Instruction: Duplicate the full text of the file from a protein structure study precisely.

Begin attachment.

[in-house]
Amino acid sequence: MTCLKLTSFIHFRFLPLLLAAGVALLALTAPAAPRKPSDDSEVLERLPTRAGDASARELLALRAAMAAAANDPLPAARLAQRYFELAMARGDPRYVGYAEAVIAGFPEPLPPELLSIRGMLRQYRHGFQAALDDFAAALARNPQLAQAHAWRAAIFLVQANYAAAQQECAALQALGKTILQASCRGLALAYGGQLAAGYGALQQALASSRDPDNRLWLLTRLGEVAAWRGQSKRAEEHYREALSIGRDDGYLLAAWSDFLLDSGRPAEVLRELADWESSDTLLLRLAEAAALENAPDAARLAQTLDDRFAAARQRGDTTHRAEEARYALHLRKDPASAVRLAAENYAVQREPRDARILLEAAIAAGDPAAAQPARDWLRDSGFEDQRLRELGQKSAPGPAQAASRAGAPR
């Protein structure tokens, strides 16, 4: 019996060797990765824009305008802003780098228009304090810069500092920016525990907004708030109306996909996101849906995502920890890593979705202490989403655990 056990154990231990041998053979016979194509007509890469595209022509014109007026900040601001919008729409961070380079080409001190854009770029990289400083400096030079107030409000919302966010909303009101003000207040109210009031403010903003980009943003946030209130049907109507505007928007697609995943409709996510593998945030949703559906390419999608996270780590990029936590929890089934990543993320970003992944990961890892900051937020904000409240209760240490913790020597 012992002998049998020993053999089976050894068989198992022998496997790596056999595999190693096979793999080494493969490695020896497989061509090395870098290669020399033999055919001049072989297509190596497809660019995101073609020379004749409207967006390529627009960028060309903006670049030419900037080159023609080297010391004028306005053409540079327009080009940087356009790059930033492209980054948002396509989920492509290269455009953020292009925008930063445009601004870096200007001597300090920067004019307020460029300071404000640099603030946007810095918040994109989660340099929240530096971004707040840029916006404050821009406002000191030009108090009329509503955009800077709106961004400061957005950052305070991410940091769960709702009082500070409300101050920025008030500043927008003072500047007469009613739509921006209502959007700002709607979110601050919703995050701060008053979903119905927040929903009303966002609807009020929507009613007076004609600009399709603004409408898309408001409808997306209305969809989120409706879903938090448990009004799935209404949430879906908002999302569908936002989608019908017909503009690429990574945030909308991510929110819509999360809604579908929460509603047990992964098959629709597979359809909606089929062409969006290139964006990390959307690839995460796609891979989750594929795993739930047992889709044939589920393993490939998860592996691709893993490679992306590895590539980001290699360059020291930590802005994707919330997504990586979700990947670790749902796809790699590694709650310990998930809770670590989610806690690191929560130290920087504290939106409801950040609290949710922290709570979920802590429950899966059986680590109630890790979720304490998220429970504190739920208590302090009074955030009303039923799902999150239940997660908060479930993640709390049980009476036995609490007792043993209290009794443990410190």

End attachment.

[in-house]
Amino acid sequence: MTCLKLTSFIHFRFLPLLLAAGVALLALTAPAAPRKPSDDSEVLERLPTRAGDASARELLALRAAMAAAANDPLPAARLAQRYFELAMARGDPRYVGYAEAVIAGFPEPLPPELLSIRGMLRQYRHGFQAALDDFAAALARNPQLAQAHAWRAAIFLVQANYAAAQQECAALQALGKTILQASCRGLALAYGGQLAAGYGALQQALASSRDPDNRLWLLTRLGEVAAWRGQSKRAEEHYREALSIGRDDGYLLAAWSDFLLDSGRPAEVLRELADWESSDTLLLRLAEAAALENAPDAARLAQTLDDRFAAARQRGDTTHRAEEARYALHLRKDPASAVRLAAENYAVQREPRDARILLEAAIAAGDPAAAQPARDWLRDSGFEDQRLRELGQKSAPGPAQAASRAGAPR
């Protein structure tokens, strides 16, 4: 019996060797990765824009305008802003780098228009304090810069500092920016525990907004708030109306996909996101849906995502920890890593979705202490989403655990 056990154990231990041998053979016979194509007509890469595209022509014109007026900040601001919008729409961070380079080409001190854009770029990289400083400096030079107030409000919302966010909303009101003000207040109210009031403010903003980009943003946030209130049907109507505007928007697609995943409709996510593998945030949703559906390419999608996270780590990029936590929890089934990543993320970003992944990961890892900051937020904000409240209760240490913790020597 012992002998049998020993053999089976050894068989198992022998496997790596056999595999190693096979793999080494493969490695020896497989061509090395870098290669020399033999055919001049072989297509190596497809660019995101073609020379004749409207967006390529627009960028060309903006670049030419900037080159023609080297010391004028306005053409540079327009080009940087356009790059930033492209980054948002396509989920492509290269455009953020292009925008930063445009601004870096200007001597300090920067004019307020460029300071404000640099603030946007810095918040994109989660340099929240530096971004707040840029916006404050821009406002000191030009108090009329509503955009800077709106961004400061957005950052305070991410940091769960709702009082500070409300101050920025008030500043927008003072500047007469009613739509921006209502959007700002709607979110601050919703995050701060008053979903119905927040929903009303966002609807009020929507009613007076004609600009399709603004409408898309408001409808997306209305969809989120409706879903938090448990009004799935209404949430879906908002999302569908936002989608019908017909503009690429990574945030909308991510929110819509999360809604579908929460509603047990992964098959629709597979359809909606089929062409969006290139964006990390959307690839995460796609891979989750594929795993739930047992889709044939589920393993490939998860592996691709893993490679992306590895590539980001290699360059020291930590802005994707919330997504990586979700990947670790749902796809790699590694709650310990998930809770670590989610806690690191929560130290920087504290939106409801950040609290949710922290709570979920802590429950899966059986680590109630890790979720304490998220429970504190739920208590302090009074955030009303039923799902999150239940997660908060479930993640709390049980009476036995609490007792043993209290009794443990410190």